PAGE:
LETTER: The silent majority
To the editor:
I live in a town with one of the proudest of military histories. I live here because I am a proud military wife and educator of soldiers, veterans and their family members. I lived through 23 years of my husband’s active service, moving 12 times with our daughters, and making it through three long deployments.
In my career, I see the strength of military families. Yet I also witness the lasting hardships that have built up over the past few years with so many killed in action, those returning who live every day with severe PTSD and families that must endure and navigate these conditions.
One aspect that guided me through my years as a military spouse was trust in leadership. Politics aside, I believed that my husband was serving leaders with integrity and representing the best of this nation. I have since lost this trust with the current president and his administration. I can’t imagine the uncertainty, mistrust and disappointment that active duty members of our military and their families must be experiencing, knowing that their lives are on the line for government leaders who would rather protect their personal reputations and political party than protect the nation’s volunteer force.
For example, much was made of President Trump’s water drinking and ramp walking during and after his commencement speech at West Point. Unfortunately, these apparent failings of the commander in chief papered over the real issue, that Trump was willing to use newly graduated and commissioned officers as props. These young men and women all swore an oath to defend their country whatever the cost. They didn’t sign up to risk their lives to hear a rambling political stump speech.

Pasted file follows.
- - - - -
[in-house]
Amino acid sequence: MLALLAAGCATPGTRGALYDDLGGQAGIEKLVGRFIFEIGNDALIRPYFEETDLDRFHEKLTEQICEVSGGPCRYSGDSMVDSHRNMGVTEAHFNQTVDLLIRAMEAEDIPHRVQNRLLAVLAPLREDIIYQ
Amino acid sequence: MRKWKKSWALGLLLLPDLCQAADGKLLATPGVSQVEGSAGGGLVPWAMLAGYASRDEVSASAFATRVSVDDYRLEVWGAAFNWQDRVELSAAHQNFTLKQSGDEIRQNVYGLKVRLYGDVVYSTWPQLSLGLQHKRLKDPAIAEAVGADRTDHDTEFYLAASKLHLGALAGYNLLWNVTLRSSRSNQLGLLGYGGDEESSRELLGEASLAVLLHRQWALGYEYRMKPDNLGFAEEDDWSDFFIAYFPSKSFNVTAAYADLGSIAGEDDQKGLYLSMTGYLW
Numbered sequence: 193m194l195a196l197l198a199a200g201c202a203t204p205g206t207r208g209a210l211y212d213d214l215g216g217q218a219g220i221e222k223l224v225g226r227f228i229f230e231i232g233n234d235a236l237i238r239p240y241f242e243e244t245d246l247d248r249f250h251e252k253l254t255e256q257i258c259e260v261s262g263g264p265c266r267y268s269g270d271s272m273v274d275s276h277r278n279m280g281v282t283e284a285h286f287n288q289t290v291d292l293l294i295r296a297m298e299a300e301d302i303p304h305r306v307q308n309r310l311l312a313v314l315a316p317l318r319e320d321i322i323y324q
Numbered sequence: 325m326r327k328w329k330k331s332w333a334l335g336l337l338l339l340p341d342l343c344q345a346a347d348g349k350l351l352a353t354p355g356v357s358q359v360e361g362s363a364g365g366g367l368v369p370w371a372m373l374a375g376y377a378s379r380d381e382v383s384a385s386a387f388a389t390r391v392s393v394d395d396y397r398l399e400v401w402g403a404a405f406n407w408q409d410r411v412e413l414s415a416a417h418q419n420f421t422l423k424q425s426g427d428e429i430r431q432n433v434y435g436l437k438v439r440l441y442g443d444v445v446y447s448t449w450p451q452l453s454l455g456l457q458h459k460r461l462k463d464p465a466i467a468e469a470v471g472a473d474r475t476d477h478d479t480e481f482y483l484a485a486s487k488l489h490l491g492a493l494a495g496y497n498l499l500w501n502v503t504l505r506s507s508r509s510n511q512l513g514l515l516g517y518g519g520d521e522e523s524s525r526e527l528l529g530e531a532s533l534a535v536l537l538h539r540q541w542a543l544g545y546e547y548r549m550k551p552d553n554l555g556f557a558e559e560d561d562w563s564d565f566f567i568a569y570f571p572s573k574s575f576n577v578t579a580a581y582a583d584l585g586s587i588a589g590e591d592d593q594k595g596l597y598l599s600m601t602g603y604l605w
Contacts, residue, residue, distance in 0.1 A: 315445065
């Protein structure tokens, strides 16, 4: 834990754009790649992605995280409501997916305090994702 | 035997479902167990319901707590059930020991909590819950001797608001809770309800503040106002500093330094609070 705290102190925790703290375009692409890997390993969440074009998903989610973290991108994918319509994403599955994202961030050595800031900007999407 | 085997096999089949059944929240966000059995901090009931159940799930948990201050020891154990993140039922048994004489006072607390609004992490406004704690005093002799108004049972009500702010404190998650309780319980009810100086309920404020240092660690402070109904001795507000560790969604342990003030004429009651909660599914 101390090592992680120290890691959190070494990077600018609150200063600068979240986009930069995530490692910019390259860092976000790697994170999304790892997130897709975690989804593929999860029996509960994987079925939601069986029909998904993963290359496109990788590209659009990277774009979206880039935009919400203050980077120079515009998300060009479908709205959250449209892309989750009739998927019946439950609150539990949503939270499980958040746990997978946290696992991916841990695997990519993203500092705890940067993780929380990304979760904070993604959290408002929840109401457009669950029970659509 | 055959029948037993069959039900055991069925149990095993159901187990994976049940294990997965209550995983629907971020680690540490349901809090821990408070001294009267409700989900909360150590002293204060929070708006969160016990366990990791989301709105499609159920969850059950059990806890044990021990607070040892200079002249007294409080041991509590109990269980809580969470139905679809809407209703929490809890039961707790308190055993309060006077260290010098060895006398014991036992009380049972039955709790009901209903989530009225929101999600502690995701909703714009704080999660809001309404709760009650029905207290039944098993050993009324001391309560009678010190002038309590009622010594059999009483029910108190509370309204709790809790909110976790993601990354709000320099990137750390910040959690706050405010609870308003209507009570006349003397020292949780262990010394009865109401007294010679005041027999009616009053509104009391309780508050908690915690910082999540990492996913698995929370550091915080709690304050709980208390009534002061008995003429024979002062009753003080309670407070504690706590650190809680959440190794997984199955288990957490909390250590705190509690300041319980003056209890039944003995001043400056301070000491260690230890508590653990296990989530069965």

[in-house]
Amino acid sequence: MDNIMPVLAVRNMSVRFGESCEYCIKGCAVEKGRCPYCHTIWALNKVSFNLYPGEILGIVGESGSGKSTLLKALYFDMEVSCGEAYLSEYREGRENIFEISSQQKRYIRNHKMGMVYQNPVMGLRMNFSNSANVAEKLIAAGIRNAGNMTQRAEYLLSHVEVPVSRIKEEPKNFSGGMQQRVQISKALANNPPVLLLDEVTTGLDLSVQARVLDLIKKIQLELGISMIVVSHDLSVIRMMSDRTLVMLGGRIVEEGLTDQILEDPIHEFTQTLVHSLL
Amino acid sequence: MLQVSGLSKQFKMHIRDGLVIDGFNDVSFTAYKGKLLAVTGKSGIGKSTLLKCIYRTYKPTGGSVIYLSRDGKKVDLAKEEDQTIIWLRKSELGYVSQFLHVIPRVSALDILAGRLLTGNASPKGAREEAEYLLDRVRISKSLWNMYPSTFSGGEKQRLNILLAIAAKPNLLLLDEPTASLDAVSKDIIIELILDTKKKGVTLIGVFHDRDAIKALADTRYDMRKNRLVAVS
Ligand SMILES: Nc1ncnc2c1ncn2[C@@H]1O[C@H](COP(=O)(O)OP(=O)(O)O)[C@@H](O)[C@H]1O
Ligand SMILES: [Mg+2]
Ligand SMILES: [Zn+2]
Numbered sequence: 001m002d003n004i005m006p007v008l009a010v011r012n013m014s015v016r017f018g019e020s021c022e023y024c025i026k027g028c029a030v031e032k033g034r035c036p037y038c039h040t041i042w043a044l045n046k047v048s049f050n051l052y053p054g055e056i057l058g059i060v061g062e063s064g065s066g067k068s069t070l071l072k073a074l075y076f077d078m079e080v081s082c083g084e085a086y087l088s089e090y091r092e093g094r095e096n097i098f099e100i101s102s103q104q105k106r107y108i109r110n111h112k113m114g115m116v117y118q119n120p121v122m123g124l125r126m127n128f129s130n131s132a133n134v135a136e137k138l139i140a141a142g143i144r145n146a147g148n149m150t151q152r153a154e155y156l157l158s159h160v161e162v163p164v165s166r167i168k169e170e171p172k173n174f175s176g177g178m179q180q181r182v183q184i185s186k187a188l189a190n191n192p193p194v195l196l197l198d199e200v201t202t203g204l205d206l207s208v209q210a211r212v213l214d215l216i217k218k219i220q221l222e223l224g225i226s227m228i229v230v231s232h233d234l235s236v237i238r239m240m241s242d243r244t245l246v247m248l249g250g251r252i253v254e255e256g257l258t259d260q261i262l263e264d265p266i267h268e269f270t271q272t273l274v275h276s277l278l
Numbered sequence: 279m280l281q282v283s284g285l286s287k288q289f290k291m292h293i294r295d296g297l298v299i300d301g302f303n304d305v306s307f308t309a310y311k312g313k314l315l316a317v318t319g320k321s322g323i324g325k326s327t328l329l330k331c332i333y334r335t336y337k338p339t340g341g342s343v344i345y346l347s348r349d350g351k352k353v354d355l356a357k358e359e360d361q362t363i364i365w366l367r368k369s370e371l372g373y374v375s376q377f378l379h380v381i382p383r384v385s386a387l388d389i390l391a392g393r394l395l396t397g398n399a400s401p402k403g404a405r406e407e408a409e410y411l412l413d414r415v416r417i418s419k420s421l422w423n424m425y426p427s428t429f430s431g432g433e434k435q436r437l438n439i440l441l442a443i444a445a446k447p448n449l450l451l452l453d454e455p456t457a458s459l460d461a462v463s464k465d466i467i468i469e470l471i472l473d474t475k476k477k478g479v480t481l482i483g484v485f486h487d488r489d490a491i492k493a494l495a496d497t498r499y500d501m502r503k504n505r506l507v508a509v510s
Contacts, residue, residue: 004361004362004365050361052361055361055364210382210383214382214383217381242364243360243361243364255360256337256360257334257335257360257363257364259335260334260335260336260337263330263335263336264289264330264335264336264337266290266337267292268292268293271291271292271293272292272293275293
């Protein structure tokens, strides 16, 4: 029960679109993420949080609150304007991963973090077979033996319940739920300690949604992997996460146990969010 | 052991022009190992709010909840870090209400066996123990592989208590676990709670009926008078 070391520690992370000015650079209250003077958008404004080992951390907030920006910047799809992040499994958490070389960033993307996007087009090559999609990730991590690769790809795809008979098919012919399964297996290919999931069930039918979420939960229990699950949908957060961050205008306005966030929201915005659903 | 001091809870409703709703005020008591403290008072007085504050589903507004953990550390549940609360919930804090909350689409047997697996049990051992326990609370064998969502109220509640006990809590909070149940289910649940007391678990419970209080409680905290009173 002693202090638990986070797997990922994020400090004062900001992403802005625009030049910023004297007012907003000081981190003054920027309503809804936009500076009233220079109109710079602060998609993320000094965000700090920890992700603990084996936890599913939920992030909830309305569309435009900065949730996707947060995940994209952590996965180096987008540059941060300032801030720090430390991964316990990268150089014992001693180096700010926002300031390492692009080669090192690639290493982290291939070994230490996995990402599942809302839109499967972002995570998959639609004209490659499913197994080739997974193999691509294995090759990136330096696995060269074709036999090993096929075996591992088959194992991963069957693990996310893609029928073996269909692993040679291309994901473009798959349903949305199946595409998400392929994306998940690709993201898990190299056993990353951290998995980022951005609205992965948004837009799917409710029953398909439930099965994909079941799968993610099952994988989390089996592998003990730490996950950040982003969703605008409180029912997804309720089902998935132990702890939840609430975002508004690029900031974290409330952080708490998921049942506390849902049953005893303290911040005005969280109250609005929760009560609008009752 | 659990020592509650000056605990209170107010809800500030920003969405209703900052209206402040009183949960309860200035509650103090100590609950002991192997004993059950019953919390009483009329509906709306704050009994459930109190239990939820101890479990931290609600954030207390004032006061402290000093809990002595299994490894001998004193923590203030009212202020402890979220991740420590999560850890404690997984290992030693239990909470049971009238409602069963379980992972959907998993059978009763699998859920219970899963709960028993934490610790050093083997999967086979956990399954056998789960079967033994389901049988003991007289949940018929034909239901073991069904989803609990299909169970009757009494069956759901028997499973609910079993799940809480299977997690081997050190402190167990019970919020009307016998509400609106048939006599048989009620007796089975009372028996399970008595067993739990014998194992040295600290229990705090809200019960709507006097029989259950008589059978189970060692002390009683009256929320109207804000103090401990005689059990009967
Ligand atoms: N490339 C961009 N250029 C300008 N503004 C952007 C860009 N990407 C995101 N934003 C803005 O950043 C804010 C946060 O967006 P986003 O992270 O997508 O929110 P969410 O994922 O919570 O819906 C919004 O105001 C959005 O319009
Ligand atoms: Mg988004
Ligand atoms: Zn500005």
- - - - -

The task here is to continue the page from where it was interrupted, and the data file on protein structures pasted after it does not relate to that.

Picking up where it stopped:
This class of West Point graduates and those from the USAF, Navy and Marines may well face dangers that are inconceivable to most of us, especially President Trump. The commander in chief, after calling them babies, told the Joint Chiefs that he “… wouldn’t want to go to war …” with them. Mr. Trump is happy to organize a military parade, but he does not have our backs.
The West Point sham was the first time that I recognize I have no faith in the executive branch of my country, and the damage may be irreparable. While we watch the news cycle of the president’s tantrums and political blunders, as well as the blind loyalty of his party brethren, there are thousands of military members quietly doing their jobs to protect us. Their families are watching too.
I wonder, if instead of standing by, what would happen if we stood up. I don’t mean standing up for another candidate or political party. I mean standing up for the men and women who stand to protect us each day. If we spent as much time and energy advocating for our military members and their families with our public officials as we do shaking our heads at President Trump, my guess is that we could earn the pride and respect back from those amazing West Point graduates and all members of our military.